I had a new Accord once that my son sat right on its hood and dented it badly. Since it was only a week old, I could have said I am upset that Honda did not cover it. These kind of things a dealer has to see and make a call on it. I turned mine in on my comprehensive and had the car fixed; did not blame Honda.
Both of my paint issues I had on new cars mentioned previously were ones that were caused by carelessness after the fact. One was a new GM and the other a black Chrysler Cirrus; also new at the time.
I live in the Northeast and the biggest paint concern I have is acid rain. I also have pine trees lining my drive with sap, and bird droppings overhead before I even reach my garage behind my home. Leave that on paint and see it etch into the paint.
The other factor is where does the car go to during the day. I go to power plants that have wash down drive throughs for the newer cars leaving, to get the ash off the paint.
If you read their explanation, they claim this has happened from 1,500 miles to 2,000 miles and doesn't sound like they buffed the car while they drove for 500 miles.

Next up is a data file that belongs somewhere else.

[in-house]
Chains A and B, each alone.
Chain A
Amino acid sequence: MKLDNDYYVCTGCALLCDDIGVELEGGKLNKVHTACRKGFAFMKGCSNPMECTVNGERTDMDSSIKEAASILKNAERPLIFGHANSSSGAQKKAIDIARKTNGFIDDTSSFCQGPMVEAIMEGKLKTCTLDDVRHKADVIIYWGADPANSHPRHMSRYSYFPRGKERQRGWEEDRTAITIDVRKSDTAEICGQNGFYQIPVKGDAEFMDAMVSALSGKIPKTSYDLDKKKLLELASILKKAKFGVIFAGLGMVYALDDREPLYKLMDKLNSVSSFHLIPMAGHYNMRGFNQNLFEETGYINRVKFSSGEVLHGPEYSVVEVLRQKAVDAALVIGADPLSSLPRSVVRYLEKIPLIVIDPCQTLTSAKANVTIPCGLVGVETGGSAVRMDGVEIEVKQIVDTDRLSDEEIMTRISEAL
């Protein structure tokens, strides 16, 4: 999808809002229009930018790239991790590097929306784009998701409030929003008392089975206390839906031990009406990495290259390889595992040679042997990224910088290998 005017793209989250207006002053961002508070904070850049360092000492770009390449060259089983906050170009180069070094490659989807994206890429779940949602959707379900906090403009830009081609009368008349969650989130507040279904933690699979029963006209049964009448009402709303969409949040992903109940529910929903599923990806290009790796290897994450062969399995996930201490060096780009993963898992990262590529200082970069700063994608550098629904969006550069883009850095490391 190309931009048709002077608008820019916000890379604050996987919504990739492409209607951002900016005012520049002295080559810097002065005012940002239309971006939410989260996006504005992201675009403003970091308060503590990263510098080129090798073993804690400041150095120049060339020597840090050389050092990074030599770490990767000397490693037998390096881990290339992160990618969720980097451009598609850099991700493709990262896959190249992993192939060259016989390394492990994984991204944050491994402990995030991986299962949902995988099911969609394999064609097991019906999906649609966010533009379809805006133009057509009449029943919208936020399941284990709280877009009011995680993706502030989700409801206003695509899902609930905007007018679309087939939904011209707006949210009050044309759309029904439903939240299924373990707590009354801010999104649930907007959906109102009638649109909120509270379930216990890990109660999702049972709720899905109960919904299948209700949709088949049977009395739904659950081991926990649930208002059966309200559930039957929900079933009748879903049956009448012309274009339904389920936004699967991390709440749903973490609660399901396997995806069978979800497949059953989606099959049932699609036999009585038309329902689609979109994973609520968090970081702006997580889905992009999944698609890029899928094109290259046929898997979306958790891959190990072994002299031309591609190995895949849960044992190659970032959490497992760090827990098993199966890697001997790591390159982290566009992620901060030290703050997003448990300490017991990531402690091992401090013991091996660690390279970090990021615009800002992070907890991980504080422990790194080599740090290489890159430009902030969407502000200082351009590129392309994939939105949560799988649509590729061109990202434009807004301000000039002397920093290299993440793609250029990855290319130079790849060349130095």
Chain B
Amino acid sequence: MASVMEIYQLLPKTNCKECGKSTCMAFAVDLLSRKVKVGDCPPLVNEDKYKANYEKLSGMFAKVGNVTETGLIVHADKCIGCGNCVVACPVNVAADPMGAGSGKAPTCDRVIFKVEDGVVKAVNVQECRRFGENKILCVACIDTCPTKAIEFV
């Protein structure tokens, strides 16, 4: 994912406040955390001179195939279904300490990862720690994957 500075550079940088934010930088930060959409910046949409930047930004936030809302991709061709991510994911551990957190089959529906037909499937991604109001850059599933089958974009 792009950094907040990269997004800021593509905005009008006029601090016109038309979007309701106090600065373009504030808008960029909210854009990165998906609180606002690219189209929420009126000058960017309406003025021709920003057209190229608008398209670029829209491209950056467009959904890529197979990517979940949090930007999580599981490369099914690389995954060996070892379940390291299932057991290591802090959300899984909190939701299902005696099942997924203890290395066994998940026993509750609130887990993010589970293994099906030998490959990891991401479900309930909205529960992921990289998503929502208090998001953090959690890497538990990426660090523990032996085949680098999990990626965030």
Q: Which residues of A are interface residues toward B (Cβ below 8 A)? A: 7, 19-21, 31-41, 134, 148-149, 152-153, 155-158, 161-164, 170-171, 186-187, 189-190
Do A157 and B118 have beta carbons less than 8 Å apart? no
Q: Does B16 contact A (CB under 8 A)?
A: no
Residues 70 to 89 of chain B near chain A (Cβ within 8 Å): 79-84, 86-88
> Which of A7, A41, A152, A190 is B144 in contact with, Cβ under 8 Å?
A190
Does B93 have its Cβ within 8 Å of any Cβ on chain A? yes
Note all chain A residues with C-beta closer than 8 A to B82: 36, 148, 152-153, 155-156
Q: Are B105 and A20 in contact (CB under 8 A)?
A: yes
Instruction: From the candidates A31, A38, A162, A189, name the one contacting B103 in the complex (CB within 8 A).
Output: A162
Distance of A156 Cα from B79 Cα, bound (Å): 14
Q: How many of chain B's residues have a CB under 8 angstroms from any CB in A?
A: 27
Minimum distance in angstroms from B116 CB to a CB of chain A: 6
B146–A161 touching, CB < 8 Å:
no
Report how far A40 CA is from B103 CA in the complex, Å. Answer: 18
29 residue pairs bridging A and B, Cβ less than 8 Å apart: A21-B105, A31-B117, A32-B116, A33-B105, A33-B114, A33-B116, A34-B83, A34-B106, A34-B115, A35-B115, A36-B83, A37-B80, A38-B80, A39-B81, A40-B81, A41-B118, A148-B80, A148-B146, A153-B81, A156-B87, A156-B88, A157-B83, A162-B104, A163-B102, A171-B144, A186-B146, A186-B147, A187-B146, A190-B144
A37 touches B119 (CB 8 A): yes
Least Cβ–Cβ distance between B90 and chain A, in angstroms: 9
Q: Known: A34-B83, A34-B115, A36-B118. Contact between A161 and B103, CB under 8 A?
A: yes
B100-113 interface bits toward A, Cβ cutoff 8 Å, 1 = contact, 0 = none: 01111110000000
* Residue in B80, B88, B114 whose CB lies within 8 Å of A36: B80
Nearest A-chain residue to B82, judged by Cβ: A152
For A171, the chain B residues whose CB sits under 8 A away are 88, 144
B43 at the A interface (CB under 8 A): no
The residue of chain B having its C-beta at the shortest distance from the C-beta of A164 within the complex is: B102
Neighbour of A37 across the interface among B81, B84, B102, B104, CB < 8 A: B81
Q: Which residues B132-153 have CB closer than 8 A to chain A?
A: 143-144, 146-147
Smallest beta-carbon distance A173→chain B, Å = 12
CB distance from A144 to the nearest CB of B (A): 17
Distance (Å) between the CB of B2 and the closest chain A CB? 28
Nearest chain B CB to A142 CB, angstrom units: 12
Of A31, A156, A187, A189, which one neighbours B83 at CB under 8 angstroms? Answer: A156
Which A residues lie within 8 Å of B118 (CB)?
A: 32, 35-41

Why are we so quick to defend GM on this people? Have they NEVER done anything wrong? Please!! The new Camaro is well known to be plagued with production errors and defects, so why is this such a huge surprise to everyone? This is why they have gotten away with sub par quality products for decades. Everyone blames the owner of the car like they did something wrong to cause the problem. Give me a break. Are we really this numb to corporate scams?
I am in a vette car club, and there are many of us that only drive 1000 miles or less annually to shows cruise nights or charity events, and I know a lot of cars extreme low mileage out there. 2005s up just driven lightly. And late model Camaros. We clean after every show. Mine is not driven in bad weather or at all in winter. But I polish for hours, not once a year for the daily beaters. You can do a lot of damage in 10 minutes. I always have my shirt untucked. No belt buckles keys out to damage paint finishes. It is a lot of work cleaning cars the right way. I would love to see the dealers reply on here. Which is one side. My dealer has treated me well. I wonder if I needed a new clutch the day after possession; the response as an example. It's best to have the painted measured and checked out if there is no way it was ever cleaned